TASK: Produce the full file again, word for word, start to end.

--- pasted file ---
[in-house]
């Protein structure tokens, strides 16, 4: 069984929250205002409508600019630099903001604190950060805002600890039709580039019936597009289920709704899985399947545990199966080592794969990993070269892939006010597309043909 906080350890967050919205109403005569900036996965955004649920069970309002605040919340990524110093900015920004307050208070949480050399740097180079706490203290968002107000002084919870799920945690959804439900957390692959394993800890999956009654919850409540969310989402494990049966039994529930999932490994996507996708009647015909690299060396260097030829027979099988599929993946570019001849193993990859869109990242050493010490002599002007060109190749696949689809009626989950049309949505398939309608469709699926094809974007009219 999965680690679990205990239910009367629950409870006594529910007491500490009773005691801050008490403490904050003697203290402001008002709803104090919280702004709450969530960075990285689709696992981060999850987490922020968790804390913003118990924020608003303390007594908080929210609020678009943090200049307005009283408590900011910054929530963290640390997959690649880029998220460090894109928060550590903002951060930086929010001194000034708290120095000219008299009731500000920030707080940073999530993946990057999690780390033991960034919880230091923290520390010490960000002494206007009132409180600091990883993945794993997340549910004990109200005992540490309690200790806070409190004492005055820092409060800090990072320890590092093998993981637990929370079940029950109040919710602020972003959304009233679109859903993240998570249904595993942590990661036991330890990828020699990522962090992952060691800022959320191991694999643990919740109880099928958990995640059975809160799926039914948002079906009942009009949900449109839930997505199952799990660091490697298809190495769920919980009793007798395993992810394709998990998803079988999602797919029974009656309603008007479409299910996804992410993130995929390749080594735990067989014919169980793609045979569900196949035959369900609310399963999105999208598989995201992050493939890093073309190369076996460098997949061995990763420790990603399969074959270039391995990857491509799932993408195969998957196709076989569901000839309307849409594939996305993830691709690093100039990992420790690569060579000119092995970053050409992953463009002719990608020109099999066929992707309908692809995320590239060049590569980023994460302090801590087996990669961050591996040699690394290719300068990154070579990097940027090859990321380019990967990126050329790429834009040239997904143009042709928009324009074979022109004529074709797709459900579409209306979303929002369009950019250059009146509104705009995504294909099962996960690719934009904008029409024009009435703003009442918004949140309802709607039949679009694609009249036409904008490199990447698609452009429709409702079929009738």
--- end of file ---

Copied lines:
[in-house]
């Protein structure tokens, strides 16, 4: 069984929250205002409508600019630099903001604190950060805002600890039709580039019936597009289920709704899985399947545990199966080592794969990993070269892939006010597309043909 906080350890967050919205109403005569900036996965955004649920069970309002605040919340990524110093900015920004307050208070949480050399740097180079706490203290968002107000002084919870799920945690959804439900957390692959394993800890999956009654919850409540969310989402494990049966039994529930999932490994996507996708009647015909690299060396260097030829027979099988599929993946570019001849193993990859869109990242050493010490002599002007060109190749696949689809009626989950049309949505398939309608469709699926094809974007009219 999965680690679990205990239910009367629950409870006594529910007491500490009773005691801050008490403490904050003697203290402001008002709803104090919280702004709450969530960075990285689709696992981060999850987490922020968790804390913003118990924020608003303390007594908080929210609020678009943090200049307005009283408590900011910054929530963290640390997959690649880029998220460090894109928060550590903002951060930086929010001194000034708290120095000219008299009731500000920030707080940073999530993946990057999690780390033991960034919880230091923290520390010490960000002494206007009132409180600091990883993945794993997340549910004990109200005992540490309690200790806070409190004492005055820092409060800090990072320890590092093998993981637990929370079940029950109040919710602020972003959304009233679109859903993240998570249904595993942590990661036991330890990828020699990522962090992952060691800022959320191991694999643990919740109880099928958990995640059975809160799926039914948002079906009942009009949900449109839930997505199952799990660091490697298809190495769920919980009793007798395993992810394709998990998803079988999602797919029974009656309603008007479409299910996804992410993130995929390749080594735990067989014919169980793609045979569900196949035959369900609310399963999105999208598989995201992050493939890093073309190369076996460098997949061995990763420790990603399969074959270039391995990857491509799932993408195969998957196709076989569901000839309307849409594939996305993830691709690093100039990992420790690569060579000119092995970053050409992953463009002719990608020109099999066929992707309908692809995320590239060049590569980023994460302090801590087996990669961050591996040699690394290719300068990154070579990097940027090859990321380019990967990126050329790429834009040239997904143009042709928009324009074979022109004529074709797709459900579409209306979303929002369009950019250059009146509104705009995504294909099962996960690719934009904008029409024009009435703003009442918004949140309802709607039949679009694609009249036409904008490199990447698609452009429709409702079929009738």